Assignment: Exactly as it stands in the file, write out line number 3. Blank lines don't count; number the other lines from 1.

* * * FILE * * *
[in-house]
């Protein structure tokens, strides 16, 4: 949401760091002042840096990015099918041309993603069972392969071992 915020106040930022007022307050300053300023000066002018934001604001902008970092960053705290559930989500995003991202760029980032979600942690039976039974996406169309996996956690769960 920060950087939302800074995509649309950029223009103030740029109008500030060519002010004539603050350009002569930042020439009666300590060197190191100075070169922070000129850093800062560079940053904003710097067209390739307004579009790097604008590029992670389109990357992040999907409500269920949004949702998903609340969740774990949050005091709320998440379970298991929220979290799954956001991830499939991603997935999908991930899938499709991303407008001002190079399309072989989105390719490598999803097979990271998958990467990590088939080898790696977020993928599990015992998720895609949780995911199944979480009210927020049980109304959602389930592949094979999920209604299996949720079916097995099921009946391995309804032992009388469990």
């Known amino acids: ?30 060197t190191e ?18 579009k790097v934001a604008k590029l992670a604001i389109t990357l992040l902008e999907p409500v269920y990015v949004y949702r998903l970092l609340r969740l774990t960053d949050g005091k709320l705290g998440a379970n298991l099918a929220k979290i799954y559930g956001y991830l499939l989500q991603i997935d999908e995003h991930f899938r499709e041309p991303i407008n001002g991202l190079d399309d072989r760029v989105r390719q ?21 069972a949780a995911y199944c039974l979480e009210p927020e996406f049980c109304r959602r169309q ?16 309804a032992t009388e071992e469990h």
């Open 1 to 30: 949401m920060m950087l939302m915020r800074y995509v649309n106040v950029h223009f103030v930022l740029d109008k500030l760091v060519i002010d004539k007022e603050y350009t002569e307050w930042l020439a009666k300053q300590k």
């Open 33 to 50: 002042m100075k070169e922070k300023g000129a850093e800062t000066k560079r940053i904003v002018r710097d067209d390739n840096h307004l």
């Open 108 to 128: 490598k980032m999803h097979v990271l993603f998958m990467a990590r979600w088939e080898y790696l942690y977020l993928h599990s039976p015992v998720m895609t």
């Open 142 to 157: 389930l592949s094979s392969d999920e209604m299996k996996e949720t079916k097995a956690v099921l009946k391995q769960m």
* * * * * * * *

């Known amino acids: ?30 060197t190191e ?18 579009k790097v934001a604008k590029l992670a604001i389109t990357l992040l902008e999907p409500v269920y990015v949004y949702r998903l970092l609340r969740l774990t960053d949050g005091k709320l705290g998440a379970n298991l099918a929220k979290i799954y559930g956001y991830l499939l989500q991603i997935d999908e995003h991930f899938r499709e041309p991303i407008n001002g991202l190079d399309d072989r760029v989105r390719q ?21 069972a949780a995911y199944c039974l979480e009210p927020e996406f049980c109304r959602r169309q ?16 309804a032992t009388e071992e469990h």